Varanasi and Srinagar near Mahoba, Uttar Pradesh, the Bastar region of Chhattisgarh, several parts of West Bengal and Orissa are the places where the figurative metal works are still well practiced and admired. In the Southern sect of India Swamimalai, near Thanjavur (Tamil Nadu) are the places important for figurative art. Bastar and Madhya Pradesh follow the traditional way of lost wax which is to leave the entire body apart from the arm and head of the figure hollow and is built up on a core. The technique of making the deities and decorating them is called 'Dokra' which is used by the tribes of west Bengal and Orissa.
Kashmir is famous for its floral embellishments and calligraphy on copper vessels. In Jaipur the incising of the metal art employs three different styles that are 'Marori', 'Chicken' and 'Bichi'. 'Badlas' which are a kind of zinc pot are the distinct art of Marwar in Rajasthan. Moradabad is acclaimed for 'Khudai' or metal engraving work which is done in 'naqashi' style. 'Barik kam' of Moradabad is praised for its elegance of style and efficiency. The repertoire includes eagles, lions, 16th century Europeans in ornate armour and even galleons. Madhya Pradesh, Southern Uttar Pradesh, Orissa and West Bengal are the centres where the metal art of 'bell metal' is practiced. Certain ritual pieces, traditional cooking pots such as 'urale', large vessels, and oil lamps are made of bell metals. 'Mohra' is a unique metal art of Himachal Pradesh. Mohra denotes the metal plaques. The metal plaques exemplify deities like Lord Shiva and other gods and goddesses.
In several sects of India, the handmade production of small cigarette boxes, bowls and 'paan daan' (boxes made to contain the spices, leaves and tools associated with betel chewing), 'ugal daan' (spittoon), 'ataar daan' (perfume box) are immensely popular. Among the varieties of metal art and craft of modern India, various ritual articles and water pots are noticeable like 'panchapatra', 'tamrapatra', 'sinhasan', lotus and 'kanchanthal'. Pahaldar and Jaipuri lamps are exemplary of the great artisanship of North India. Some of the vastly used metal objects are 'surabi' which is a kind of flask, 'Sarota' which is used to cut the areca nuts, axe, spear, handmade cutlery, pen knives etc.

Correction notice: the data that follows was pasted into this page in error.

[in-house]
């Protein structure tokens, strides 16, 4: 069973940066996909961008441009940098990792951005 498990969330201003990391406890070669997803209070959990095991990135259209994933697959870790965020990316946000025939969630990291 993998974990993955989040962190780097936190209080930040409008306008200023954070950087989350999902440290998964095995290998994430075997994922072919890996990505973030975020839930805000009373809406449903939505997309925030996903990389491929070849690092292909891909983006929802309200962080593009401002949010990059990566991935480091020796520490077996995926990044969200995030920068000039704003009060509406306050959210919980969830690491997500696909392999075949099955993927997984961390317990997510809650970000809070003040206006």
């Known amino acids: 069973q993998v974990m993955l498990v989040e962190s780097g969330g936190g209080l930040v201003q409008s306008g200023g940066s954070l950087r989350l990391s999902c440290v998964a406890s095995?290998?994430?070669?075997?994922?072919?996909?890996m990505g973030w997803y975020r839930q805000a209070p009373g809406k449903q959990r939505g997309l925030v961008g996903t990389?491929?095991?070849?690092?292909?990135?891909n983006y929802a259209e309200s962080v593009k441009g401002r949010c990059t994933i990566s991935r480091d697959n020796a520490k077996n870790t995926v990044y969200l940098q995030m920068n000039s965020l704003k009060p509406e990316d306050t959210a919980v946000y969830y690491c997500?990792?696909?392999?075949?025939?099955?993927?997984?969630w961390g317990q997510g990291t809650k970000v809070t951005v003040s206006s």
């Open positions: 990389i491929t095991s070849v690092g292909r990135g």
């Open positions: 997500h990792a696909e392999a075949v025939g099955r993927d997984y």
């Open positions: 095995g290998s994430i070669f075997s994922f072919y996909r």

'Bidriware' is a speciality of Indian metal art. The term Bidri (silver inlay work against dark metal backgrounds) is derived from Bidar in Karnataka which was once a capital of a Muslim ruled state.
'Meenakari' or enamel work on gold, is an art which is well admired in Delhi and Jaipur. This added a whole new facet to Indian jewellery art. The meenakari work was supposed to be initiated by Maharaja Man Singh I at the end of 17th century. 'Tarkashi' is an amalgamated style of Rajput and Mughal. This is an art of laying fine brass or copper wire carefully into incised grooves in a wooden surface. Silver and brass inlays are done in various other ways like 'tainishan' or inlay of sheet, 'zarnishan' or low relief, 'aftabi' or cut out designs on overlaid metal sheet and 'zarbuland' or high relief.
' A remarkable development in Indian metal art happened with the introduction of 'Black Metal'. Black metal figures came into existence because of the white aluminium from which figures of deities and dancers were being made. One of the well-known craft of Kerala is the manufacturing of big church bells and urale which are made for temple use.
Metal art has improved its style and technique through ages. Following the trend and considering the demand of the metals, the design of the metal art has still been ameliorating, keeping in mind the budget and demand of the common people.